Well, it had to happen sometime…
Last Sunday, we decided to take the boys for a ride down the voie verte. We strapped on our panniers, loaded the Doggyhut, got Zola into his coat, and made sure we had snacks and drinks and dog treats.
We headed for the usual parking space, only to find that the voie was closed for fauchage (reaping), so we drove about another 7km to come back on ourselves the other way. Here, everything was fine, so we unloaded the bikes, got out the dogs – and that was when we discovered we’d forgotten the batteries. Oops.
Steve was all for heading home to get them, but it was already 4.00pm and we were losing the light, so we decided to leave the Doggyhut in the car and just do a short ride up the voie as far as Zola could manage, with the idea that we might swing by home and then head for one of the other voies, but without the dogs.
The unexpected bonus of having to change our route was that we were now on the uphill section, which meant we’d be coming back on the downhill. Although these things are slight on what is an old railway line, you still know about it.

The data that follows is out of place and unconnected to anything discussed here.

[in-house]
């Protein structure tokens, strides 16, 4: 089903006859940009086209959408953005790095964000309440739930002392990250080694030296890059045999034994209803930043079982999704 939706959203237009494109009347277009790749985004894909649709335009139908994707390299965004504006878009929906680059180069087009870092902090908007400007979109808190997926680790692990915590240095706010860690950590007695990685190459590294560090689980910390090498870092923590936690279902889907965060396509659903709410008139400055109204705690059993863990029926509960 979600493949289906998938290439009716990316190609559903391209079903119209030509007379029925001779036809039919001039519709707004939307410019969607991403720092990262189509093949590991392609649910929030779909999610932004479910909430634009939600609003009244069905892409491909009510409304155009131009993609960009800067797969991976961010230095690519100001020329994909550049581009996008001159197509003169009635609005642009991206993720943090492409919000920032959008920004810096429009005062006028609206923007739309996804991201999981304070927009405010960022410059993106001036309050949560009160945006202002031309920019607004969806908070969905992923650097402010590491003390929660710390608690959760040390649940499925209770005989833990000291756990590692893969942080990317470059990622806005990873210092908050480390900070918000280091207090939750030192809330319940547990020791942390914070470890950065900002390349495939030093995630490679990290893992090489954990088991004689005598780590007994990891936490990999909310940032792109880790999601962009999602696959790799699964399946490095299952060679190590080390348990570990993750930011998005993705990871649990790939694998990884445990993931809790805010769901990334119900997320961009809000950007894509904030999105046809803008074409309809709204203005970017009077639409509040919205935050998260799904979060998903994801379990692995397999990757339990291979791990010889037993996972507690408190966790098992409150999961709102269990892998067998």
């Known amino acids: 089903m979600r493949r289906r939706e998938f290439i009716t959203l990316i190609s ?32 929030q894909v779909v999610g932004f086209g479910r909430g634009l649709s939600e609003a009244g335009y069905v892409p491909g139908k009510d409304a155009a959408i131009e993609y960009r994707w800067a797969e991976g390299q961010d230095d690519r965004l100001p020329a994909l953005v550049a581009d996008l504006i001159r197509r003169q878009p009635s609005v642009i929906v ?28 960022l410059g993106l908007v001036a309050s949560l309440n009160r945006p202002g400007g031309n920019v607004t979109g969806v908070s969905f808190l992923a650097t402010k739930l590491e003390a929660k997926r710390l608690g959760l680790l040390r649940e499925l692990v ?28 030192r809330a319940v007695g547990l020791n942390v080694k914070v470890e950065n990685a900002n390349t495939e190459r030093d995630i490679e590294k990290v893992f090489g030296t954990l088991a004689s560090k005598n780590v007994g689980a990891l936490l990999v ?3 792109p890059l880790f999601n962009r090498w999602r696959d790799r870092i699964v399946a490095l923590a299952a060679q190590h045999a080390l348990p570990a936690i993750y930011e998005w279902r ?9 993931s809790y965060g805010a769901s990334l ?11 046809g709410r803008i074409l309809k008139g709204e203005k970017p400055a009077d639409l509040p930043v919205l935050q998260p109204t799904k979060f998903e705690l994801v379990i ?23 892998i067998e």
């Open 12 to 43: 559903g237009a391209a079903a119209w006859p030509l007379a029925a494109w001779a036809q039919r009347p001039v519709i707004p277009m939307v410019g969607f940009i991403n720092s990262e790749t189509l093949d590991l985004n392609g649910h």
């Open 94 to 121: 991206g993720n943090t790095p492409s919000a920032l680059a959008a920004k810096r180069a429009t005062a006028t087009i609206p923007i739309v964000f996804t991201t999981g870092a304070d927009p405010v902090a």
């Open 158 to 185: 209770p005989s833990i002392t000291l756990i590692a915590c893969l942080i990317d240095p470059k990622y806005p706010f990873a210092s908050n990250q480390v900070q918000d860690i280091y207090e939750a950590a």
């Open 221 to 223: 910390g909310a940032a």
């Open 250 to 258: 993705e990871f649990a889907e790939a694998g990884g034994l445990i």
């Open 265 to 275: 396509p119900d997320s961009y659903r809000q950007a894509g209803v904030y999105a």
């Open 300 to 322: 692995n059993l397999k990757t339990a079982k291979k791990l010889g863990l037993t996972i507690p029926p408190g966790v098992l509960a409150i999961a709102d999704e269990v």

When you ride an e-bike, you can get into the habit of kidding yourself that you’re fit, rather than the fat middle-aged git you really are. You have no such illusions without the batteries. At 20kg even without my stuffed rackbag, the bike was heavy and combined with its very low gearing, I started in 3rd gear and was pretty soon puffing along in 1st.
A bit of momentum might have helped, but I couldn’t go too fast for fear of Zola running too hard after me. Cézanne can run for ages at 15-16kmph, but with Zola’s old ticker, you have to keep it down to more like 7 or 8, which is pretty hard going.
Still, it was a lovely day, and the neatly trimmed voie was looking gorgeous as usual. Zola, to our surprise, was very full of beans and at times he did indeed get up to a 15kmph gallop, though he does need a good rest in between the fast sections. So we rested up a lot and let them have snacks and a swim in the river a couple of times.
All in all, it took about 90 minutes to do the full 5km, though we were a bit faster on the return journey. Pedalling on the flat, or on a slight decline, the bike was fantastic, rolling smoothly and cleanly along on its massive wheels. And that’s another thing that makes me happier about the idea of a battery failure, God forbid, when I’m out and about – the thing, after all, and slug that it is, is still a bike.